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EDIT: stupid logic of mine got ahead of me. The none are just the returns from the comprehension call. Ok, I'm running some tests in python, and I ran into a bit of a difference in execution orders, which leads me to an understanding of how it is implemented, but I'd like to run it by you fine people to see if I'm right or there is more to it. Consider this code:

>>> a = ["a","b","c","d","e"]
>>> def test(self,arg):
...     print "testing %s" %(arg)
...     a.pop()
... 
>>>[test(elem) for elem in a]
testing a
testing b
testing c
[None, None, None]
>>> a
['a', 'b']
#now we try another syntax
>>> a = ["a","b","c","d","e"]
>>> for elem in a:
...     print "elem is %s"%(elem)
...     test(elem)
... 
elem is a
testing a
elem is b
testing b
elem is c
testing c
>>> a
['a', 'b']
>>> 

Now this tells me that the for elem in a: gets the next iteratable element then applies the body, whereas the comprehension somehow calls the function on each element of the list before actually executing the code in the function, so modifying the list from the function ( pop) leads to the ]none, none, none]

Is this right? what is happening here?

thanks

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2  
test() does not return anything, hence it returns None. (BTW, you should delete the self parameter.) –  Sven Marnach May 3 '11 at 14:46
    
yes, I'm just playing around I wanted to see if they were really equivalent... but there is something to the execution order here. –  cromestant May 3 '11 at 14:48
6  
Resizing a collection (adding or deleting items) while iterating over it is a punishable offense. –  delnan May 3 '11 at 14:49
    
yes of course, I'm not debating that –  cromestant May 3 '11 at 14:51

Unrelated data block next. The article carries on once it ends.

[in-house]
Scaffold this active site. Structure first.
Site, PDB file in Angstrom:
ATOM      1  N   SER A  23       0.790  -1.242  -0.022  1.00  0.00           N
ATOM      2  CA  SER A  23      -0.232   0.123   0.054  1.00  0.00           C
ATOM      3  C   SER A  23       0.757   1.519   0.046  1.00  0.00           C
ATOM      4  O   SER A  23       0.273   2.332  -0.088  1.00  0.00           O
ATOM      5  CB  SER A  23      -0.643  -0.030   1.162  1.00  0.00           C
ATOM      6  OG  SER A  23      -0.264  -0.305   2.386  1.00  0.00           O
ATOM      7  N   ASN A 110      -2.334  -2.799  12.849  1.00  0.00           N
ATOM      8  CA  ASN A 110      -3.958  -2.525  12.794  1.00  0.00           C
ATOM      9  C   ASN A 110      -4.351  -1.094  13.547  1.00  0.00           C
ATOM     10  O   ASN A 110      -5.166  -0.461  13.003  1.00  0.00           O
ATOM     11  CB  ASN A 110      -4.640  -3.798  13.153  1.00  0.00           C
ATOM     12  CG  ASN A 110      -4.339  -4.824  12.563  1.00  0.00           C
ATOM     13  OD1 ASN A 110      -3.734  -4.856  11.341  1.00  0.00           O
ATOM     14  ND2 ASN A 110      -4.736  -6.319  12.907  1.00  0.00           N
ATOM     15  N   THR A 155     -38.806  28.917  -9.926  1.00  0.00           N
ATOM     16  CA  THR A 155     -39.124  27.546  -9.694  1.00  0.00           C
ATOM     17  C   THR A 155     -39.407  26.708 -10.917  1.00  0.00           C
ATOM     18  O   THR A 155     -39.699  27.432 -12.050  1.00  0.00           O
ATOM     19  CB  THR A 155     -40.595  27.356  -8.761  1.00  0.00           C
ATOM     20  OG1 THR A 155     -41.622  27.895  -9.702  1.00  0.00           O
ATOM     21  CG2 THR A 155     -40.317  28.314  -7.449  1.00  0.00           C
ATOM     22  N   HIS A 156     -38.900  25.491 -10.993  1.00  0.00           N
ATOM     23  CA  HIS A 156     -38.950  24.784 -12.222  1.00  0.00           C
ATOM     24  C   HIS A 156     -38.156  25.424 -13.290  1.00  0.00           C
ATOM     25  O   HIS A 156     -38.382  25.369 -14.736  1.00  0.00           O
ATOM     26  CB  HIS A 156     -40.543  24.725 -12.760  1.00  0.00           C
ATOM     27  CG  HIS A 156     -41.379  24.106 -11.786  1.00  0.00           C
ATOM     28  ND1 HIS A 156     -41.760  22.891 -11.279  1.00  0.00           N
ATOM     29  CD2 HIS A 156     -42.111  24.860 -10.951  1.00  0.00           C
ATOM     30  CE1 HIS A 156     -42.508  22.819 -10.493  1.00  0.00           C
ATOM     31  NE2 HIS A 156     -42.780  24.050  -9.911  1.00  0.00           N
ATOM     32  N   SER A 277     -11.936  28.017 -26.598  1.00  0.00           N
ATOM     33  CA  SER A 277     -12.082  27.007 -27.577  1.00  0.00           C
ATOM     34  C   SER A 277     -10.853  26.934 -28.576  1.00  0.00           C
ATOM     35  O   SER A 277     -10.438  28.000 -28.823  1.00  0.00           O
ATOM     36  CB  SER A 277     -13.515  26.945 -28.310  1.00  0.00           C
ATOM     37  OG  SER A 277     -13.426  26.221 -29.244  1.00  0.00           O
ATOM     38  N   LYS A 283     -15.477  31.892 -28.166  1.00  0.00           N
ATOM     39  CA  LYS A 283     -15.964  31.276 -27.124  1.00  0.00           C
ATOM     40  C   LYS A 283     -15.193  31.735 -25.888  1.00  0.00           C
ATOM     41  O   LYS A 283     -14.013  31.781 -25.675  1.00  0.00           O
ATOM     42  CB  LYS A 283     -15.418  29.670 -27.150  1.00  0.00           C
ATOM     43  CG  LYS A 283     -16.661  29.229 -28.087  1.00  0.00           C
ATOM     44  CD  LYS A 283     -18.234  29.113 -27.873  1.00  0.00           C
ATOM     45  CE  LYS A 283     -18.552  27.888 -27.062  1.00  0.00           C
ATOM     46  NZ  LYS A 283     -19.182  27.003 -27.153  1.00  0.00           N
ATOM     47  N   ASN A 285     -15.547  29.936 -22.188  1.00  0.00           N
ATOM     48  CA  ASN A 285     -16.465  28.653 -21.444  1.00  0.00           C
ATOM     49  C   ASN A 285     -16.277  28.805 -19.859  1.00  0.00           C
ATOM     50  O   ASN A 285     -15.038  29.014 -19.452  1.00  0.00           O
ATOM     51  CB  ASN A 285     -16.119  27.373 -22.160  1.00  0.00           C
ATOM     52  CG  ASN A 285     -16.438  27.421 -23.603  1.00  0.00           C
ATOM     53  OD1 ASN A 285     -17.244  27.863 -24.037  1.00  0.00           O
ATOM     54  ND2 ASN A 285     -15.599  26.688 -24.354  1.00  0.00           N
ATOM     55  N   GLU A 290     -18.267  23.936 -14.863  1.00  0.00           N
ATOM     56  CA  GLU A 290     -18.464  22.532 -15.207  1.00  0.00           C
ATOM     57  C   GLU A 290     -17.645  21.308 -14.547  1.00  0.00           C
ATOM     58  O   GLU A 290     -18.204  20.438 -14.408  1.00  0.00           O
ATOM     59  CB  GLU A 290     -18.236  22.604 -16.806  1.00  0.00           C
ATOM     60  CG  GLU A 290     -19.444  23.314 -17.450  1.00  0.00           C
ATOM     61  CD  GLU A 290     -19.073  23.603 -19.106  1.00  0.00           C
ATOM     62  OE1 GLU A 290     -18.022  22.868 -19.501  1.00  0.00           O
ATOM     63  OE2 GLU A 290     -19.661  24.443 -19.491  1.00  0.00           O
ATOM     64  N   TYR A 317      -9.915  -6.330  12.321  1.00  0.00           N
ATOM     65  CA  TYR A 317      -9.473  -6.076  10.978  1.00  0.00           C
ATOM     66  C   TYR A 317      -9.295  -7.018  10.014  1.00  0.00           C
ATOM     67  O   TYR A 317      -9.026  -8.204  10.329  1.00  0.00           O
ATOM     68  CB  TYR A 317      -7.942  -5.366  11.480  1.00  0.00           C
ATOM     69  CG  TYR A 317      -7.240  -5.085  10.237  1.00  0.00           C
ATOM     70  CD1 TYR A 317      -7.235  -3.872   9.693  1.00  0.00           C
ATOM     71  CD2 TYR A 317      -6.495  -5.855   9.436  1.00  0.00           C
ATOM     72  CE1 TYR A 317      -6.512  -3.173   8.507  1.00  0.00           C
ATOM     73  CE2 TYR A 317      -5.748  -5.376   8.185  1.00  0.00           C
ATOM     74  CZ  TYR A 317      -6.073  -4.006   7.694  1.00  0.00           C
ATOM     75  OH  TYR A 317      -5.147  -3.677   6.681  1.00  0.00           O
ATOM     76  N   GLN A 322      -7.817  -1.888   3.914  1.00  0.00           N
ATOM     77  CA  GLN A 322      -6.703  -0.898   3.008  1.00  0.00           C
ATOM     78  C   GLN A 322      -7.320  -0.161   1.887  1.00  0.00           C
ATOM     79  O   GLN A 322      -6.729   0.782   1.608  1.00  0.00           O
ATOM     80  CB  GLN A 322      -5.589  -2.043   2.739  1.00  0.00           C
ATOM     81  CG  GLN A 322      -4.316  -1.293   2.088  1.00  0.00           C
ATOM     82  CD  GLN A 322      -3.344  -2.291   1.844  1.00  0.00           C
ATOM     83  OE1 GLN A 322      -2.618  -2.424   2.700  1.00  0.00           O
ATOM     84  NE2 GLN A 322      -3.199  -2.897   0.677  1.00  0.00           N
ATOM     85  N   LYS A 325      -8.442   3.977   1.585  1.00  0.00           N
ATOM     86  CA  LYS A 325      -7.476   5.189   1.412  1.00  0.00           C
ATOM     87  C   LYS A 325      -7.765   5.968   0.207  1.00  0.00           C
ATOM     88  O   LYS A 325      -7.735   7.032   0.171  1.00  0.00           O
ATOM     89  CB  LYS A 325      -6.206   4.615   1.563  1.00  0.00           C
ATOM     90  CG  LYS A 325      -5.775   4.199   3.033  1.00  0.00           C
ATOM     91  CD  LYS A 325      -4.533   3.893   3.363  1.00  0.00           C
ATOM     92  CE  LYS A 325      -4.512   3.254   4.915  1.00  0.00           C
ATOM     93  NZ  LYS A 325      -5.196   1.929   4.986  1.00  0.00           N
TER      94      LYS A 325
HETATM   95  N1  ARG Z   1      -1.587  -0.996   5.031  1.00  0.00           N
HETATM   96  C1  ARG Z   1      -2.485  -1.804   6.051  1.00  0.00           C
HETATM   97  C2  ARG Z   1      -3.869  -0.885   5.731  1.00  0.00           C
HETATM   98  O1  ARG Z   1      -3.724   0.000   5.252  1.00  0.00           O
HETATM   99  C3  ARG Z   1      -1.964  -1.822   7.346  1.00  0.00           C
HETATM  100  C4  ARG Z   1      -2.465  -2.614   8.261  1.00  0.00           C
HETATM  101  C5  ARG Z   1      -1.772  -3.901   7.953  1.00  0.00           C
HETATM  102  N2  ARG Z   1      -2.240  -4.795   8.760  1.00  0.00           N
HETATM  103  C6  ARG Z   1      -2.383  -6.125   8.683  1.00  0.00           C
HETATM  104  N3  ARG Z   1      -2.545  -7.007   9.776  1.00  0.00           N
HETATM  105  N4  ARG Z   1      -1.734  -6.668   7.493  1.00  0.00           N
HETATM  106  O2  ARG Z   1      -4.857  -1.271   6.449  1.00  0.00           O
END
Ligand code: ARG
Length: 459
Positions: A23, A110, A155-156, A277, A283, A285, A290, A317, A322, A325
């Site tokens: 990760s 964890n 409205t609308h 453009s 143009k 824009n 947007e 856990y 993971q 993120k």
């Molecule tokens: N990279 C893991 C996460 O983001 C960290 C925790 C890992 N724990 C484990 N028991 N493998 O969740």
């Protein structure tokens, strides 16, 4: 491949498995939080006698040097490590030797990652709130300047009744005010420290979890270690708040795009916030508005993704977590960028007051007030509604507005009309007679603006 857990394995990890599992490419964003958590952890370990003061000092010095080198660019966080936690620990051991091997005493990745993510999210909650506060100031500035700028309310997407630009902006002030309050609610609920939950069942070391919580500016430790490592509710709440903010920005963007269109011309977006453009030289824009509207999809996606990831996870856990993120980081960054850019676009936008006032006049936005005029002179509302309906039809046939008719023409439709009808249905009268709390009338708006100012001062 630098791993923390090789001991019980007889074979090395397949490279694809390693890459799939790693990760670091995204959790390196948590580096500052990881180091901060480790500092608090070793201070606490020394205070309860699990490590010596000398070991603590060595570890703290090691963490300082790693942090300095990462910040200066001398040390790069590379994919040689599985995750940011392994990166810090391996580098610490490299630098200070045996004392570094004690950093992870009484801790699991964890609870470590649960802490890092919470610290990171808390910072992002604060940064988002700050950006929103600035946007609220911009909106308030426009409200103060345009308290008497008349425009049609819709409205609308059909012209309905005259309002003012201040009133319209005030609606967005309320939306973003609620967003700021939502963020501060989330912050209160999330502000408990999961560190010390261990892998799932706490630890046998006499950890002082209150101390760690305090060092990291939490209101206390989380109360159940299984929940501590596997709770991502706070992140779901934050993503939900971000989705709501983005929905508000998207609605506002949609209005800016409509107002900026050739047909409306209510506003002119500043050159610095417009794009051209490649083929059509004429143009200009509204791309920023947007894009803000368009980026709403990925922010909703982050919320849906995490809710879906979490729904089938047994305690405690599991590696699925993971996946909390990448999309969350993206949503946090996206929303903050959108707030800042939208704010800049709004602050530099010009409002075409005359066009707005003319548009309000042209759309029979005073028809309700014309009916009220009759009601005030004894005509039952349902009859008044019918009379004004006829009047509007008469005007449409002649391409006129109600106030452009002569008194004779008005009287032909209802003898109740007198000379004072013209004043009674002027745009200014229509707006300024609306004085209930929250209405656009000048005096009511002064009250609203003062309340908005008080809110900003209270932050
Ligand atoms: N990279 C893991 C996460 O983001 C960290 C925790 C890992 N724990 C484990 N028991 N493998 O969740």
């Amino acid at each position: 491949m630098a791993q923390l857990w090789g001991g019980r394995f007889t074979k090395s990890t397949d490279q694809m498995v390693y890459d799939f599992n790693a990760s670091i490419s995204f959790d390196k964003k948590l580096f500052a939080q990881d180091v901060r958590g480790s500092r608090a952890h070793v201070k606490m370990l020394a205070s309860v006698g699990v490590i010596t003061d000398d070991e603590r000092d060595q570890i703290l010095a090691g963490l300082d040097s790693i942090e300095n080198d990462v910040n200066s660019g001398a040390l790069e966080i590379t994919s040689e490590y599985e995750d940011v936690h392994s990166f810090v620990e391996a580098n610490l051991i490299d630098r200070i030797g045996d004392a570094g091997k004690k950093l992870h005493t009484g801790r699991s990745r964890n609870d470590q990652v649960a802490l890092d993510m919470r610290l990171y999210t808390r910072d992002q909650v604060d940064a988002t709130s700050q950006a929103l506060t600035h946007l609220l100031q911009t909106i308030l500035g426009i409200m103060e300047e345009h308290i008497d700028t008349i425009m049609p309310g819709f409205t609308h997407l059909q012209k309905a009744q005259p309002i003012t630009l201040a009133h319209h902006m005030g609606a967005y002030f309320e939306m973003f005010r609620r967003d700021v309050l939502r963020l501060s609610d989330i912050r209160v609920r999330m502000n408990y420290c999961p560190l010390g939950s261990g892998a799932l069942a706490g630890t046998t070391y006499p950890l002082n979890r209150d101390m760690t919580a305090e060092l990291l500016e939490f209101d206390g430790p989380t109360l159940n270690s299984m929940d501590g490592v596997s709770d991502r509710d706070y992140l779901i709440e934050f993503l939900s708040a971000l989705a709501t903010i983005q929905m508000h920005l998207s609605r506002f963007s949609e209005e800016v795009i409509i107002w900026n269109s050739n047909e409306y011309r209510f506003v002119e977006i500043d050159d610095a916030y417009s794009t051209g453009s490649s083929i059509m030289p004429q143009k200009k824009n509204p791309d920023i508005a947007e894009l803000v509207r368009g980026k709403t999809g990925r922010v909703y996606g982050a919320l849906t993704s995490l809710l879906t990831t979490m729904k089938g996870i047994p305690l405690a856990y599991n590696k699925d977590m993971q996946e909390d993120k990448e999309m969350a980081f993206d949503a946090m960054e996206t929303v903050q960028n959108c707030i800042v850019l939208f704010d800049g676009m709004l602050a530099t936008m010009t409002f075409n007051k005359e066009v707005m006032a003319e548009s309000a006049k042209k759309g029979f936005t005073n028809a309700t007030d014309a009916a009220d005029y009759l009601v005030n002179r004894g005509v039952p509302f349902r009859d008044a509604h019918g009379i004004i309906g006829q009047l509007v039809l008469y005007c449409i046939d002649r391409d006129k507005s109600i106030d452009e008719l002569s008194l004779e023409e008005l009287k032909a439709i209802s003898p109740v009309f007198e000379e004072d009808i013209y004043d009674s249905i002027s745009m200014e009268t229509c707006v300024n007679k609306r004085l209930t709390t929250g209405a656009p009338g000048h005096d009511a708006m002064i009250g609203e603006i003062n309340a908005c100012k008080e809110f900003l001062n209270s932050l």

The forloop and list comprehension have to same effect in this case? They both print "testing a,testing b,testing c" and a==['a','b'] afterwards. What is the difference??? –  Ishtar May 3 '11 at 14:52

4 Answers 4

up vote 4 down vote accepted

Your test function has no return statement, thus using it in a list comprehension results in a list of Nones. The interactive python prompt prints out whatever the last statement returns.

Example:

>>> def noop(x): pass
... 
>>> [noop(i) for i in range(5)]
[None, None, None, None, None]

So really there's no difference in how the list comprehension and for loop in your question work.

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>>> a = ["a","b","c","d","e"]
>>> i = iter(a)
>>> next(i)
'a'
>>> a.pop()
'e'
>>> next(i)
'b'
>>> a.pop()
'd'
>>> next(i)
'c'
>>> a.pop()
'c'
>>> next(i)
Traceback (most recent call last):
  File "<stdin>", line 1, in <module>
StopIteration
>>>
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It has got to "c", then ran out of elements in the list. As test returns nothing, you get [None, None, None].

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See this question: Is safe ( documented behaviour? ) to delete the domain of an iterator in execution

The idea is that it's generally not a good idea to modify the list you're iterating over. This is why you don't get through all your elements.

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